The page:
Comparison of mice born after intracytoplasmic sperm injection with in vitro fertilization and natural mating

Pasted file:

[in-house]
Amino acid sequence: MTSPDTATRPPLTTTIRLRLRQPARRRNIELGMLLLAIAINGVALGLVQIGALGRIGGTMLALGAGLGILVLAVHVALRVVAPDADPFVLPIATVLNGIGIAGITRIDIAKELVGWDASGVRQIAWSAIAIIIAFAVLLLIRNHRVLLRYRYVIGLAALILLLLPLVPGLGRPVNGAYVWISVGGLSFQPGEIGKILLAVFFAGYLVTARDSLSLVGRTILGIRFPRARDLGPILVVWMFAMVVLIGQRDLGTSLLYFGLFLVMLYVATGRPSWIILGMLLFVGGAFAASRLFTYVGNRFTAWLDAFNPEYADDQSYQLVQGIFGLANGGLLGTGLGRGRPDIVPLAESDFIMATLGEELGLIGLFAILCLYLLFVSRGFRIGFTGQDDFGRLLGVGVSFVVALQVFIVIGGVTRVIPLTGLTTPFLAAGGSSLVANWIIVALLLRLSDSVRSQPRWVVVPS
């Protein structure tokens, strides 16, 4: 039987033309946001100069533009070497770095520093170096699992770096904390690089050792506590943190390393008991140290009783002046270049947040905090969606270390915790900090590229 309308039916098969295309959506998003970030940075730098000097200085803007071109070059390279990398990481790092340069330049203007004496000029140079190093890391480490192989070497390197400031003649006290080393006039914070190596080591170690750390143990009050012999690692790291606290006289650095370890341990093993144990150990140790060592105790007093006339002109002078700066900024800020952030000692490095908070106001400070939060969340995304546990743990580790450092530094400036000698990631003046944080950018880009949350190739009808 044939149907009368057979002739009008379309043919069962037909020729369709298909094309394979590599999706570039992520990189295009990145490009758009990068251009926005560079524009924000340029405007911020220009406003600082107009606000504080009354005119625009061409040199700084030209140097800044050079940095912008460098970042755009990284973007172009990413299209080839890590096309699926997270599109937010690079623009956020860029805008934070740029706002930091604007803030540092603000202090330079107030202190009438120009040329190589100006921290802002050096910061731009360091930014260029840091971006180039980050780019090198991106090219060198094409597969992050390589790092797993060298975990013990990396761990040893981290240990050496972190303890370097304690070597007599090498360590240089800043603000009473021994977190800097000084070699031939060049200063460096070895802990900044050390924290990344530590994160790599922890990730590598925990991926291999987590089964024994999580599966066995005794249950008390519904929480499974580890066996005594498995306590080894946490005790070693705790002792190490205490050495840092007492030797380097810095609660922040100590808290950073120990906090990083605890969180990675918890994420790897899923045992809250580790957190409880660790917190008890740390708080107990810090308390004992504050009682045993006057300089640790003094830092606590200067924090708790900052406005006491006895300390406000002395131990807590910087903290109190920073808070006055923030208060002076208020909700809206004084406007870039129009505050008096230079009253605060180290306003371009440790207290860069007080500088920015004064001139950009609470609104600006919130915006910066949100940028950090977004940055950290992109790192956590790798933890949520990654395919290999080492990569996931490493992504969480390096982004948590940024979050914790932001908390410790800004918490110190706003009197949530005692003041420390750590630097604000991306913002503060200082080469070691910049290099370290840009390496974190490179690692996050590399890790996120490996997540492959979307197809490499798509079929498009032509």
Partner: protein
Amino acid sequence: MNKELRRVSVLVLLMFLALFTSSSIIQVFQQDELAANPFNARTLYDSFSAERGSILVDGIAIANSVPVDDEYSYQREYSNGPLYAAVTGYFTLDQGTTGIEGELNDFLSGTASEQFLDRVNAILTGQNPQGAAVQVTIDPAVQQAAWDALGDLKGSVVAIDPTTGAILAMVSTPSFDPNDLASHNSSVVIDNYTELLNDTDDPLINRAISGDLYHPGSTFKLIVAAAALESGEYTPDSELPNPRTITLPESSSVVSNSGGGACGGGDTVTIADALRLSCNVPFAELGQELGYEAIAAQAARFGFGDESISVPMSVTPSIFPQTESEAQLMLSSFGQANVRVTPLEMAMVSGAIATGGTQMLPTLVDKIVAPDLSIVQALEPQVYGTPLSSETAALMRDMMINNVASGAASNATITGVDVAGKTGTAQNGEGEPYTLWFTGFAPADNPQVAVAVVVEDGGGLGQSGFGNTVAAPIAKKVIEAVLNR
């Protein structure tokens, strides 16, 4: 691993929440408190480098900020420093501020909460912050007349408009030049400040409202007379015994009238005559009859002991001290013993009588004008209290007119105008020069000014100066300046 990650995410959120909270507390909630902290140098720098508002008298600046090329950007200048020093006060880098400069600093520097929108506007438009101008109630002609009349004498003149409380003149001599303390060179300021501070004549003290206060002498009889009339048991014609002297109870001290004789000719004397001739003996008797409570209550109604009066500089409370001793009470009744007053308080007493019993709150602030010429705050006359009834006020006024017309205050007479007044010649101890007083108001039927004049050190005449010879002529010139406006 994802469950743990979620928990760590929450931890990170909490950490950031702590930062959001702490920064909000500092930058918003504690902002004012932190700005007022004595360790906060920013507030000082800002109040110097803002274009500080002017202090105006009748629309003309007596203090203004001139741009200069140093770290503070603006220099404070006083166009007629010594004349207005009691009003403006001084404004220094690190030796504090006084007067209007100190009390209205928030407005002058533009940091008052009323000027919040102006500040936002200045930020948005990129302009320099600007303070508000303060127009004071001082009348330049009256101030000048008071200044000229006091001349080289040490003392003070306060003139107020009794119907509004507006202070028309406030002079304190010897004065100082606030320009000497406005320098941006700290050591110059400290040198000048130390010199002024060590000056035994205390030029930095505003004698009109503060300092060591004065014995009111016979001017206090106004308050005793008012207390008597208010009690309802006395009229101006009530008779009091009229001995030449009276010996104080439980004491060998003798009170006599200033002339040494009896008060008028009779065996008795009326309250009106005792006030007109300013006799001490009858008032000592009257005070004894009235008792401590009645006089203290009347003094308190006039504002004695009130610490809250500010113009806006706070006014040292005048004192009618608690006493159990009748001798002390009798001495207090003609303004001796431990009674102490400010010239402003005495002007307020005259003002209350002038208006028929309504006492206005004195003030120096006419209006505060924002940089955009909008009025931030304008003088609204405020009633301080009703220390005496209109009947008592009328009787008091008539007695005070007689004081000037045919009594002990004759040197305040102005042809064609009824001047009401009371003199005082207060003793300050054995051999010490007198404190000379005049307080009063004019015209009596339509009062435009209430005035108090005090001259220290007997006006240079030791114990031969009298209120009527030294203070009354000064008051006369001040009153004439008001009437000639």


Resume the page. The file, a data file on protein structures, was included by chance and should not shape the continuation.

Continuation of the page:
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The procedures of in vitro fertilization (IVF) and intracytoplasmic sperm injection (ICSI) are routinely used in modern medicine to overcome infertility and, in animal husbandry, to propagate lines with compromised fertility. However, there remains concern that manual selection and injection of whole sperm into oocytes could contribute to pre- and postnatal developmental defects. To address this, we have used gene expression profiling and immunophenotyping to characterize offspring generated by these procedures. We used gametes from glutathione peroxidase 1 knockout (Gpx1-/-) mice as a sensitized screen responsive to oxidative stress from artificial reproduction technologies (ART). There were no differences between IVF and ICSI derived offspring in gene expression patterns, and minor differences in hematopoietic parameters. Furthermore there were only minor differences between these IVF and ICSI pups and those derived from natural mating. These data demonstrate for the first time in that there is no significant phenotypic affects of ICSI when compared to IVF and we identified a relatively minor influence of the artificial fertilization methods on phenotype of offspring compared with natural mating. These observations would support the use of ICSI for derivation of mutant mouse lines and may be of some importance for the use of this technique in human ART.
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